Age-in-Place technology may be reducing demand for senior housing. This may explain why developers have seen big bets on elder-specific housing fall short of expectations. Some senior housing developers looked at the aging baby boomer generation’s 72 million people born between 1946 and 1964 thought they saw a can’t-miss market.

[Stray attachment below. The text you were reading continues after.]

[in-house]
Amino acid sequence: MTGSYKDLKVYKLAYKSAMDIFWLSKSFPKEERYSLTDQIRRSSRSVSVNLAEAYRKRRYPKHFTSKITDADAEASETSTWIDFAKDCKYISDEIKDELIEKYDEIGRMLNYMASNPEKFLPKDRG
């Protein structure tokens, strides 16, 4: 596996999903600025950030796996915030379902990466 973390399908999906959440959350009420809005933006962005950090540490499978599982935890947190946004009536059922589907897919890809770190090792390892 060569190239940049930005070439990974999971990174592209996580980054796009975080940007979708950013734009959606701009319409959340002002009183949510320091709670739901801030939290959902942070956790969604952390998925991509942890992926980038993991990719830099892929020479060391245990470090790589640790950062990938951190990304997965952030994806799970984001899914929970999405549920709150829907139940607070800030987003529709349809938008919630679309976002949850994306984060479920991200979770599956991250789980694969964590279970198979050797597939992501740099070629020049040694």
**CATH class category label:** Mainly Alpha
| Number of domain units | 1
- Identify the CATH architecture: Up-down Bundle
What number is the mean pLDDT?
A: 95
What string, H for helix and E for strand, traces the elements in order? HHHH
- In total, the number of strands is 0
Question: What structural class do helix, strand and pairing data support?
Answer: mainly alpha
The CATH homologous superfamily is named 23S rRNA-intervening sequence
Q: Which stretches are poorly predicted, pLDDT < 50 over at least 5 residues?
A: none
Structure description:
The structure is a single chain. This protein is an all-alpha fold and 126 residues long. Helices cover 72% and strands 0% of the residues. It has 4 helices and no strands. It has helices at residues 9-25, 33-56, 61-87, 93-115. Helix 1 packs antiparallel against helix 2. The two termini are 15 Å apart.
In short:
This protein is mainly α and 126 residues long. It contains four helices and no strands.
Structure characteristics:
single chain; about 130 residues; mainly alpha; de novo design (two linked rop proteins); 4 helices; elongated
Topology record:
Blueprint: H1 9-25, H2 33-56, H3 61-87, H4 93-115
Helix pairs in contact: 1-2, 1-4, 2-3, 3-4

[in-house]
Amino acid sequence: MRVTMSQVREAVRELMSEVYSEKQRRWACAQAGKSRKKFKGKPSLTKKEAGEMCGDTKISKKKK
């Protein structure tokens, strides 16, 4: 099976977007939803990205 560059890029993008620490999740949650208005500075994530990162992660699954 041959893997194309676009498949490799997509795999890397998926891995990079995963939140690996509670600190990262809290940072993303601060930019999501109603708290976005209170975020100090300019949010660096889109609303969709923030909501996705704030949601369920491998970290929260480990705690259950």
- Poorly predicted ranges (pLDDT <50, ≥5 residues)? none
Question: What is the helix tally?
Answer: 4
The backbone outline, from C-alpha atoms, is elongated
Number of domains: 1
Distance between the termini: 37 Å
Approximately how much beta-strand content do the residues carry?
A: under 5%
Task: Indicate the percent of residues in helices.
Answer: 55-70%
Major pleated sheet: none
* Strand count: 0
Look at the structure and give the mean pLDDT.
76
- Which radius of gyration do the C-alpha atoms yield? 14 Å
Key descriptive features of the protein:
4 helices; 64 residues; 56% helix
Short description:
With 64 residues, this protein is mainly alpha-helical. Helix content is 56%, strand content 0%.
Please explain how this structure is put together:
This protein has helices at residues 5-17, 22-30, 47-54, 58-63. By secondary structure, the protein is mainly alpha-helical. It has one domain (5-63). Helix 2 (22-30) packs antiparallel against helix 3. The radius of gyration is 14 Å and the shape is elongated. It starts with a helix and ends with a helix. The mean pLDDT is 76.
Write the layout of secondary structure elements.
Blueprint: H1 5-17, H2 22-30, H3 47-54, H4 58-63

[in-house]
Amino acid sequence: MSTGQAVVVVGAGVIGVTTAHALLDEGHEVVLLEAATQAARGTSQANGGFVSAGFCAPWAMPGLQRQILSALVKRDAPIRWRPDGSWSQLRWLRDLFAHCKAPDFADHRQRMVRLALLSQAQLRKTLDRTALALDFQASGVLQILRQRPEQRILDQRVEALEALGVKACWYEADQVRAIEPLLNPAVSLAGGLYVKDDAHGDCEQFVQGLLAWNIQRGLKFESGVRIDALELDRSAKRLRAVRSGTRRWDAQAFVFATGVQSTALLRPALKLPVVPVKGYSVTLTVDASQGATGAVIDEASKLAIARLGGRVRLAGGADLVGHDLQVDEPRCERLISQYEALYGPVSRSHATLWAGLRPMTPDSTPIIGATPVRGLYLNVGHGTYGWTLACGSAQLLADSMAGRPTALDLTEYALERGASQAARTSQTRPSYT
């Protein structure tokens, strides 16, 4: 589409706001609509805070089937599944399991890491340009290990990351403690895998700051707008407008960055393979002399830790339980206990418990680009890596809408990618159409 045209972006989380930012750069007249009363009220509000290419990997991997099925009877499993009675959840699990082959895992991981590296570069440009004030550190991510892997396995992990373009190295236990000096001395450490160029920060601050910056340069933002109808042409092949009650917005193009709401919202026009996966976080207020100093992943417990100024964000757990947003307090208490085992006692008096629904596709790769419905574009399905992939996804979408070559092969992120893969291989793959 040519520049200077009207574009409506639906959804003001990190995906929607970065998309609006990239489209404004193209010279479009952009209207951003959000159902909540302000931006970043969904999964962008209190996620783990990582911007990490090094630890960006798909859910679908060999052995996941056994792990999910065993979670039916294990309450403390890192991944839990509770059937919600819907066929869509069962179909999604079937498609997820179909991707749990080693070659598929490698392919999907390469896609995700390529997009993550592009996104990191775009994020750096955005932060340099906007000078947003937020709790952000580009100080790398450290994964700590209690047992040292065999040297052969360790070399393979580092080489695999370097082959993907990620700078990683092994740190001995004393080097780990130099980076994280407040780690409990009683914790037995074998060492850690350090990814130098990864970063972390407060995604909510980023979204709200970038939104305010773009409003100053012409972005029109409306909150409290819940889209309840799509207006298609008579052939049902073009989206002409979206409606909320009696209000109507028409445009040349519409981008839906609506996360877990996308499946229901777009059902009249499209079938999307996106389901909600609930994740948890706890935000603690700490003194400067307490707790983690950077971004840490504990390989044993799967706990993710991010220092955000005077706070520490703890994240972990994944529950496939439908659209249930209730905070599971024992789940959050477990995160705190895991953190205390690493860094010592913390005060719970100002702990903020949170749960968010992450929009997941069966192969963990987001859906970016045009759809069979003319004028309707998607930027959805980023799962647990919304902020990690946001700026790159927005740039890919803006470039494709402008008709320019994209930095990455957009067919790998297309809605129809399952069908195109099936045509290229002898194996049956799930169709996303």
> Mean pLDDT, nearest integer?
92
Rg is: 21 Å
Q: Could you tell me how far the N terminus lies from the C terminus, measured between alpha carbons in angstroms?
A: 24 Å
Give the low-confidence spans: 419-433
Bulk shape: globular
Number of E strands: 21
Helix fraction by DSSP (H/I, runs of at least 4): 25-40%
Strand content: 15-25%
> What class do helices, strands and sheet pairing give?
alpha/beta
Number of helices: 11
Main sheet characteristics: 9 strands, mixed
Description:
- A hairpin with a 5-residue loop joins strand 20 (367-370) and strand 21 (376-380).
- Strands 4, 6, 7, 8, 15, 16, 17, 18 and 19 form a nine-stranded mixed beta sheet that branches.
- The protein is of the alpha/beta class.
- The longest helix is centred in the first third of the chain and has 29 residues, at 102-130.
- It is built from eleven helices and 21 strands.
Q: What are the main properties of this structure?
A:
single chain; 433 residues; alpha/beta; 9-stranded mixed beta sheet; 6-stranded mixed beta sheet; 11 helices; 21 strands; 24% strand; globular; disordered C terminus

But, new products and services such as sensors that respond to a range of medical conditions, facial recognition for identifying visitors, and houses with malleable fixtures that can be adjusted as residents age, make it easier for seniors to remain in their homes. Home technologies continue to advance, which could make the option to age in place more appealing for many seniors.